Open ureteral reconstruction is the gold standard for ureteral defects with a success rate over 90% and good long-term results . In recent years, laparoscopic and robotic ureteral reconstructive surgery has been reported with good results in the literature. However, in our case, the length of ureteral stricture was long and included both ureters. Additionally, the patient underwent concurrent chemoradiotherapy before. We speculated that open ureteral reconstruction might be better in our patient because of possibility of severe retroperitoneal fibrosis.
There are various procedures for treating ureteral strictures, depending on the length, complexity and location of the lesion. Boari developed an open bladder flap operation and succeeded in an animal model in 1894 . Boari flap utilizes only normal urinary tract without danger of the ipsilateral kidney nor contralateral ureter or kidney and can be done in patients with decreased renal function . Thompson and Ross reported a 91% long-term success rate in patients with strictures of the lower two-thirds of the ureter .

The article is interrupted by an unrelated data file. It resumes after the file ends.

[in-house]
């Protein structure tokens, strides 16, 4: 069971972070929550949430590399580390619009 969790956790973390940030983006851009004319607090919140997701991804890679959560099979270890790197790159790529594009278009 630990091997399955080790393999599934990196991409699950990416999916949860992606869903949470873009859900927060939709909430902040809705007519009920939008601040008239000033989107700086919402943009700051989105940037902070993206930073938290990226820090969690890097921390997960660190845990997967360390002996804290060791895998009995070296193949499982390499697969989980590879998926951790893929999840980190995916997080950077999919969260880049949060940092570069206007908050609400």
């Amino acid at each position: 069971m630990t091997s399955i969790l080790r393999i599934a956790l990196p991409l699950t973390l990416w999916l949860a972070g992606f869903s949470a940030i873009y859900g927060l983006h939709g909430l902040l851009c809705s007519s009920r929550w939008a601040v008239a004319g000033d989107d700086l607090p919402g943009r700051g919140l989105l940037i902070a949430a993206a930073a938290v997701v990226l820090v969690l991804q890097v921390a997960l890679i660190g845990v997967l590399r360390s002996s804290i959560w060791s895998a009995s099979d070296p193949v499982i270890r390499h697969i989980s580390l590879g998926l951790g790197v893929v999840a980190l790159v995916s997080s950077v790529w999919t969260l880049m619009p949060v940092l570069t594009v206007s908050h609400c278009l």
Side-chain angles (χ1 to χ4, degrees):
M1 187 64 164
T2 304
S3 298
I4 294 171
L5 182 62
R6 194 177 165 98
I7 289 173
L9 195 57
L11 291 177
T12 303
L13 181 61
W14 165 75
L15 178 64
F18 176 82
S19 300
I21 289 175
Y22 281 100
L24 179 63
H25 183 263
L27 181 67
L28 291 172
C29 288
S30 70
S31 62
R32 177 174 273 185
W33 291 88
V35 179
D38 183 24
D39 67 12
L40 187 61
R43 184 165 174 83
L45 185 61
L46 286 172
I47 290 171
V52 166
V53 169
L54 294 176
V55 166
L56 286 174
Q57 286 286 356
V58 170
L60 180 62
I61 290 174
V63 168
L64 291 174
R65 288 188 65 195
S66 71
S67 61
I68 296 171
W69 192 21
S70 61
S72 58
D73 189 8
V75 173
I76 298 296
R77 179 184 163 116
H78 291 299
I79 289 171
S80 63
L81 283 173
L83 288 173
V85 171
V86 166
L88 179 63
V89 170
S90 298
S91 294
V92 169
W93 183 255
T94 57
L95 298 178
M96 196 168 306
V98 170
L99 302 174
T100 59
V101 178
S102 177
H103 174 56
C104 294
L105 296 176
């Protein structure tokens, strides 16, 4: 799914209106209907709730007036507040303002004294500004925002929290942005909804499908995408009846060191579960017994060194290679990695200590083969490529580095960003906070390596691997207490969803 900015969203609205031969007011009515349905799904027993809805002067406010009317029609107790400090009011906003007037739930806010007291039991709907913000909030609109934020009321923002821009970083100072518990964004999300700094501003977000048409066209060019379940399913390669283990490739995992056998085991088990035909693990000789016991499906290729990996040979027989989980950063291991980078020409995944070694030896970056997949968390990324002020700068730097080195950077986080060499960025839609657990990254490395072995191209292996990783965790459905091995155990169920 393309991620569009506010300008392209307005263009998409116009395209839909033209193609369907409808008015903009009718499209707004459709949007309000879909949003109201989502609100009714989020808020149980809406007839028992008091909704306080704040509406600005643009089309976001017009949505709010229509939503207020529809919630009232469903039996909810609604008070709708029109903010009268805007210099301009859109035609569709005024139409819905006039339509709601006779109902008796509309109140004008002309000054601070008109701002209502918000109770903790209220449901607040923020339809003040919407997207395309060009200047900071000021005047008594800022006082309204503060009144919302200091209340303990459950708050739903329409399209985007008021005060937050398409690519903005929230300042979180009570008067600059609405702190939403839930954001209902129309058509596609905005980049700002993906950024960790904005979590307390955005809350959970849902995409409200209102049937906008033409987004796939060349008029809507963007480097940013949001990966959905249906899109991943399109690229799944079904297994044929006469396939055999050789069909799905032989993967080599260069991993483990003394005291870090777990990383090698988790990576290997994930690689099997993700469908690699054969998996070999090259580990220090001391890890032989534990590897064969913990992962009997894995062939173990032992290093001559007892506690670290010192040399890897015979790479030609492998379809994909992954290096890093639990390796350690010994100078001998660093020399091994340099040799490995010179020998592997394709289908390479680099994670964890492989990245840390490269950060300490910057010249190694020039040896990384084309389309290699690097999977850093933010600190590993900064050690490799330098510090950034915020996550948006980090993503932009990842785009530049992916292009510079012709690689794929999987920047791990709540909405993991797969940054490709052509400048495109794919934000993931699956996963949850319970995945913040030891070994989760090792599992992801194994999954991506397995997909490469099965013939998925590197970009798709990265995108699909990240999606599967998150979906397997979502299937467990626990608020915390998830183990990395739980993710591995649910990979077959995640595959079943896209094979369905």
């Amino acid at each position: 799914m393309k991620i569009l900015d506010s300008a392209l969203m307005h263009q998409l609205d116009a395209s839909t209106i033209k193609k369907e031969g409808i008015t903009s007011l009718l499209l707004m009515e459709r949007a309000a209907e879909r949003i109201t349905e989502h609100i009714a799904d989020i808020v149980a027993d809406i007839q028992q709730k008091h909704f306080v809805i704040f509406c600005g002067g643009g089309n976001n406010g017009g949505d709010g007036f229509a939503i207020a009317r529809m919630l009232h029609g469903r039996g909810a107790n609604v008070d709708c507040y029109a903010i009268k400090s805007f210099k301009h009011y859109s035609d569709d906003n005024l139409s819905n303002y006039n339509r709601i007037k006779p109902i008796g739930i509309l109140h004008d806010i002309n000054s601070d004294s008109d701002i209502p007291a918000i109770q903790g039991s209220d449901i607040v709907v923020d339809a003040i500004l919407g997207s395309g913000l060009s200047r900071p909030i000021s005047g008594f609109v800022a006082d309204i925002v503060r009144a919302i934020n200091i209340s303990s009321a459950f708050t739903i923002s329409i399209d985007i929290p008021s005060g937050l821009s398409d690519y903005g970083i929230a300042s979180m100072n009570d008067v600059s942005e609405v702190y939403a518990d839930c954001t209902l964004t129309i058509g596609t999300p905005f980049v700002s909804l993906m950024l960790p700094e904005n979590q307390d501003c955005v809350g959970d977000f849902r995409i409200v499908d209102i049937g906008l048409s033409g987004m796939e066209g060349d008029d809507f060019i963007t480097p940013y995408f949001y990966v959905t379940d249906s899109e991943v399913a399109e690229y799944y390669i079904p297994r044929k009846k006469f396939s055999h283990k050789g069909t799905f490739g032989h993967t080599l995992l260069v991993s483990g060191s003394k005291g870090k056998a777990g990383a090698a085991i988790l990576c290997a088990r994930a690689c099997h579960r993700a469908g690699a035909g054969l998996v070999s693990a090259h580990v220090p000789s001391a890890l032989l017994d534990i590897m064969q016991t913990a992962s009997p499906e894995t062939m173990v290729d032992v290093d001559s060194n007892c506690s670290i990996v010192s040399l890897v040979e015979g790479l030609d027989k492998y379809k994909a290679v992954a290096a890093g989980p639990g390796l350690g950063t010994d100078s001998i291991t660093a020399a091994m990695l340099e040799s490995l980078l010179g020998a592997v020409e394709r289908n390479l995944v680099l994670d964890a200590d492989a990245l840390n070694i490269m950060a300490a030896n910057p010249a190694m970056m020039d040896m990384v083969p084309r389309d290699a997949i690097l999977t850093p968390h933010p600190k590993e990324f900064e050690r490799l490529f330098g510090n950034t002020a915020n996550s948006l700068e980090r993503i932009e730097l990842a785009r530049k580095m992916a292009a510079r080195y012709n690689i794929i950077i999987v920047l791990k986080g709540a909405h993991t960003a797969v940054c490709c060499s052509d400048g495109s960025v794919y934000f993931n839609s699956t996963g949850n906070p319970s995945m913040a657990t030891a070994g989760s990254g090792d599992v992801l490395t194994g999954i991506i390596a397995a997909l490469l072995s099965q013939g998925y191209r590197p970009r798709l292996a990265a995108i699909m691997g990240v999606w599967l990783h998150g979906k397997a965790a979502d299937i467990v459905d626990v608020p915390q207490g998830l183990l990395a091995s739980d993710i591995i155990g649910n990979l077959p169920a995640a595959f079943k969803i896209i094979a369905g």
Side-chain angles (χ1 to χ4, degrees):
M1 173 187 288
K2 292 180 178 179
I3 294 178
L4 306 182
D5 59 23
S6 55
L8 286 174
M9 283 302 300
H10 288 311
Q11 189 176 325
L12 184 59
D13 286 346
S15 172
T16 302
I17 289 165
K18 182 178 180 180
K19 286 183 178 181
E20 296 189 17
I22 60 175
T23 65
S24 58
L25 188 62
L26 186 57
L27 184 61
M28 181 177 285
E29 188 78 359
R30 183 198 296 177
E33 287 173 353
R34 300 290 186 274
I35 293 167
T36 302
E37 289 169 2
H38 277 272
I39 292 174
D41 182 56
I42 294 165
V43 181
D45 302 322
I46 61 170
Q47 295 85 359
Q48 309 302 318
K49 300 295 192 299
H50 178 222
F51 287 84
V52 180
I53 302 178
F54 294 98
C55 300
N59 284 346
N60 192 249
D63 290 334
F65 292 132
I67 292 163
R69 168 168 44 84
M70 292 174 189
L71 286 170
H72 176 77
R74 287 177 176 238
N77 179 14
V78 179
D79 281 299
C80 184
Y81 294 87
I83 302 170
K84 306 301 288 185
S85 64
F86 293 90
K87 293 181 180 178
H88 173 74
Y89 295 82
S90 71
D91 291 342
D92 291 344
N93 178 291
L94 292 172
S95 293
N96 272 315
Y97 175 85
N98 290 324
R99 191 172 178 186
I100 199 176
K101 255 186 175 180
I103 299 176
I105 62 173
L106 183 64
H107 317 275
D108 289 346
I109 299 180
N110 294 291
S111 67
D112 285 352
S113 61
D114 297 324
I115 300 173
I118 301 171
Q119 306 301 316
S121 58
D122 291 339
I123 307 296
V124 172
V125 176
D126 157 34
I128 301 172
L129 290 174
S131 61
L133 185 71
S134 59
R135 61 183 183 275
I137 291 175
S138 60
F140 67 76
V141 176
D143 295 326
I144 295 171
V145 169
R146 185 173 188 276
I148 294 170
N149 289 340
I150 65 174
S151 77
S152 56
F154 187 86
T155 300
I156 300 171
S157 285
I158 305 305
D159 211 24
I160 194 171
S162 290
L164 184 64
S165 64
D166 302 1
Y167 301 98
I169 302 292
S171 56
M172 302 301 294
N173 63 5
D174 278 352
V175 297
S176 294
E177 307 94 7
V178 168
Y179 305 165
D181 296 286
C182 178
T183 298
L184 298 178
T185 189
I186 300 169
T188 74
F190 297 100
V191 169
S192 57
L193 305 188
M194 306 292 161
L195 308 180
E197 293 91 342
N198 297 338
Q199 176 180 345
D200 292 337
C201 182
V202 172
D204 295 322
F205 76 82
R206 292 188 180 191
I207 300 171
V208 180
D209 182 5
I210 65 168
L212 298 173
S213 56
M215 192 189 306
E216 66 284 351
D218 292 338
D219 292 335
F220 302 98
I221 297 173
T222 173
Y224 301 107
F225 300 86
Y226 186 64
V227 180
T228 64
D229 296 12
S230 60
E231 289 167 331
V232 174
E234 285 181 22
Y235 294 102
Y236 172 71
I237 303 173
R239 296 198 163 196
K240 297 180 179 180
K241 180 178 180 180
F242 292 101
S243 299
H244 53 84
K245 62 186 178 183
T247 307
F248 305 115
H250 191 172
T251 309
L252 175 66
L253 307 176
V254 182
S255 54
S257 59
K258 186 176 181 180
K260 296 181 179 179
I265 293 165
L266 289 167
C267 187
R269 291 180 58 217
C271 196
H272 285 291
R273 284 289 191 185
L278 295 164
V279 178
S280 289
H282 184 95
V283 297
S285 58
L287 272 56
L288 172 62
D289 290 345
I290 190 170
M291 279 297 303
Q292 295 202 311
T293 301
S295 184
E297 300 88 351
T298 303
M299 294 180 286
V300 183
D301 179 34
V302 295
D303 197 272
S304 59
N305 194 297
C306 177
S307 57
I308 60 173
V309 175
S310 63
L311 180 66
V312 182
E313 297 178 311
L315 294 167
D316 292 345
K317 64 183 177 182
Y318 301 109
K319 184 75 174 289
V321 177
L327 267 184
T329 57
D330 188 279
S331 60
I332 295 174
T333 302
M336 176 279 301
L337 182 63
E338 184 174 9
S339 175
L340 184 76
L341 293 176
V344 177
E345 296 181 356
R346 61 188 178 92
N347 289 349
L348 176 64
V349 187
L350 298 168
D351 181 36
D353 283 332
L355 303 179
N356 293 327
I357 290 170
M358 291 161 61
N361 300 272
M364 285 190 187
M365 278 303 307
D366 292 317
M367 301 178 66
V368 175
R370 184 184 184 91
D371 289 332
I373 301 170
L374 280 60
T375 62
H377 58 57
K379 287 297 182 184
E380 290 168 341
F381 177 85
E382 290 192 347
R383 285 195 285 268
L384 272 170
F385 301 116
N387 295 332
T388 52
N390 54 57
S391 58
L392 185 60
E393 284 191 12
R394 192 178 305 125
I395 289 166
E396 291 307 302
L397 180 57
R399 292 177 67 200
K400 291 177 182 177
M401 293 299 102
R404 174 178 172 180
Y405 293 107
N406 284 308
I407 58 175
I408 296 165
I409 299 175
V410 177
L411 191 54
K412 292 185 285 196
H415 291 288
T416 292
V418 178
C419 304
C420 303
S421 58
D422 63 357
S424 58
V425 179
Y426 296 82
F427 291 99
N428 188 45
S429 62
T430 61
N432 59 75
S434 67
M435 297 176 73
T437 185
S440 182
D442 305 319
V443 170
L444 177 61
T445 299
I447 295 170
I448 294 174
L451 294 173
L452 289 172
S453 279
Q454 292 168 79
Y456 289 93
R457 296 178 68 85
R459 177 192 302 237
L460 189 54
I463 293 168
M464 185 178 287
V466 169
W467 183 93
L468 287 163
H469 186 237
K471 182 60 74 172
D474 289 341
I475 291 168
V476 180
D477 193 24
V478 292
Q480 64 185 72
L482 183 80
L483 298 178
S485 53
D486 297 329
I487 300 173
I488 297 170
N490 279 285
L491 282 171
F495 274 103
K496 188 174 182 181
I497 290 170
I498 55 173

TUU is used to bypass a diseased distal ureter without damaging the recipient ureter and to maintain adequate urinary drainage from the donor kidney . Iwaszko reported a 96.4% long-term success rate with a patent anastomosis and a 3.6% failure rate in patients that underwent TUU for malignancy and had received radiation therapy to the pelvis before construction .